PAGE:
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25 villages cleaned up in Jalgaon

Written by: Staff

Jalgaon, Mar 16 (UNI) The district authorities here claimed to have culled about 24,000 birds till this evening as mopping operations in the remaining 149 villages in the avian flu affected Jalgaon district in northern Maharashtra continued.

District Collector Vijay Singhal said 23,849 birds had been culled by 1730 hrs, making 25 villages free of the poultry livestock. These villages are located in the three km periphery of the four villages - Marul, Navi, Borkheda Budruk and Salva - where the second outbreak of the deadly H5N1 virus was confirmed on Tuesday, triggering prompt government action to contain the spread of flu.

The first outbreak was confirmed on February 18 in Navapur, situated in the close vicinity of Jalgaon.

Another 6,000 birds have been killed in the remaining 149 villages located in a radius of 10 kms, Mr Singhal told reporters this evening, adding that the entire bird population in the targetted 174 villages will be eliminated by tomorrow evening.

Barring two poultry farms, most of the estimated 75,000 chikcens in these villages are reared in backywards of people houses for personal consumption or local sale.

Meanwhile, Animal Husbandry commissioner Bijay Kumar disclosed that reports of chicken deaths have been received from six districts, adding that samples have been collected from villages in Pune, Kolhapur, Satara, Nashik , Dhule and Jalgaon districts and sent to High Security Animal Diseases Labortary at Bhopal for testing of the virus, if any. So far, the Bhopal lab has confirmed presence of the deadly virus in four samples sent from four affected villages in this district.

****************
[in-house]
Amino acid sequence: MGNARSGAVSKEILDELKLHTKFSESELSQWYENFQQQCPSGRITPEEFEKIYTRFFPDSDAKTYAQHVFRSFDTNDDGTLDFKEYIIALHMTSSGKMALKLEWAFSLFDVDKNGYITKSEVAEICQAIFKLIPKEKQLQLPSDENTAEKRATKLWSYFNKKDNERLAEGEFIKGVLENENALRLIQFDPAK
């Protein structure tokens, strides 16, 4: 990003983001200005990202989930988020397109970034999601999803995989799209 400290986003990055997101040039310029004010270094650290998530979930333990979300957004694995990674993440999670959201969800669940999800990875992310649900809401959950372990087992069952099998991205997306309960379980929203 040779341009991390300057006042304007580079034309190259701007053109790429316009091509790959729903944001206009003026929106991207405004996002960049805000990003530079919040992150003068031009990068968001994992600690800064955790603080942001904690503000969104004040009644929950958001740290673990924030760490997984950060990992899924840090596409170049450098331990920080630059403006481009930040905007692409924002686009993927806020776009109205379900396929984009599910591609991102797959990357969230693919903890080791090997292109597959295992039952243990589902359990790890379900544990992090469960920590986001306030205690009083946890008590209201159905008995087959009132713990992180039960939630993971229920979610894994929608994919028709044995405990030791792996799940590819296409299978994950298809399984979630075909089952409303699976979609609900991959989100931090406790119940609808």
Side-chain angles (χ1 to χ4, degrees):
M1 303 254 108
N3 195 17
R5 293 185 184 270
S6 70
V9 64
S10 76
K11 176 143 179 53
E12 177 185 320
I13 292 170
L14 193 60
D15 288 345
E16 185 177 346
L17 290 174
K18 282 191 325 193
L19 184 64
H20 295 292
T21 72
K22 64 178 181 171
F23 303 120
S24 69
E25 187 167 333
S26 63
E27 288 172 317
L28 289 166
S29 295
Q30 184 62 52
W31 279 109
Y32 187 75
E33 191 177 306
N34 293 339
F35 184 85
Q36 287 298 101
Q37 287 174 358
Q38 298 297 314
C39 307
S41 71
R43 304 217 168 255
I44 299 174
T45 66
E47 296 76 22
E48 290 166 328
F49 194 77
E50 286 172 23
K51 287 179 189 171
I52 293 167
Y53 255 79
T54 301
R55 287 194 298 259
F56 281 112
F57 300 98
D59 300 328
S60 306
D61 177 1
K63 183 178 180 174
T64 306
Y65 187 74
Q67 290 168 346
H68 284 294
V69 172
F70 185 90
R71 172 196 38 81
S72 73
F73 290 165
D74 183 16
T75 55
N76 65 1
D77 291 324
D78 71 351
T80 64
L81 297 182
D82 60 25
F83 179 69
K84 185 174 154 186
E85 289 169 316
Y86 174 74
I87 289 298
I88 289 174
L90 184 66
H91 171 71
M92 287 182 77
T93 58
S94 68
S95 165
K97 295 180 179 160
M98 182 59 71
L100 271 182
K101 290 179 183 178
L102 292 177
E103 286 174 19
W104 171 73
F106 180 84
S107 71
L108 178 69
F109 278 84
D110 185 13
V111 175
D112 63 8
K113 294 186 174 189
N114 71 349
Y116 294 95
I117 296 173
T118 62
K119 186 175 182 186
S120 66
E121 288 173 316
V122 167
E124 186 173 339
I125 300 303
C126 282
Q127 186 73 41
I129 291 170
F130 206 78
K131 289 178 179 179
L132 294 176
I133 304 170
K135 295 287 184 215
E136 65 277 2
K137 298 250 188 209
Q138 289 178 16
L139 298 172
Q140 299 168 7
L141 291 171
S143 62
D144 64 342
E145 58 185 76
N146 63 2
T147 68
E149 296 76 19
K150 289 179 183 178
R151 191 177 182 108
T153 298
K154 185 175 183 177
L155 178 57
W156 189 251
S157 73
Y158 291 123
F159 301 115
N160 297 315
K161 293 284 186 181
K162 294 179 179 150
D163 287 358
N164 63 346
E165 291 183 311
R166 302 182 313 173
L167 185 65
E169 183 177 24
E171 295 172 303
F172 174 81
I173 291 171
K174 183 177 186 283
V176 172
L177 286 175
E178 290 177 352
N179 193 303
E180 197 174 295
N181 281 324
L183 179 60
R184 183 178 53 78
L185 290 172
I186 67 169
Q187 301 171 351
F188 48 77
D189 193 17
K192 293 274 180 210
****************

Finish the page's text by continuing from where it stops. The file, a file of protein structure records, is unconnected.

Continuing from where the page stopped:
Meanwhile, the authorities have restricted the movement of people in 174 villages as a precaution to prevent any human infection, though the collector said that no one body has been admitted for suspected human influenza in any of the hospitals in the district requiring surveillance.

He said 147 government teams are on job in 174 villages to spread health awareness among the villagers and check for human infection cases, if any. Isolation wards have been kept in readiness in the rural hospital to meet any exigencies, the collector said.

He said villagers have been advised against holding the weekly 'haats' (markets) till further orders as a precautionary measure.


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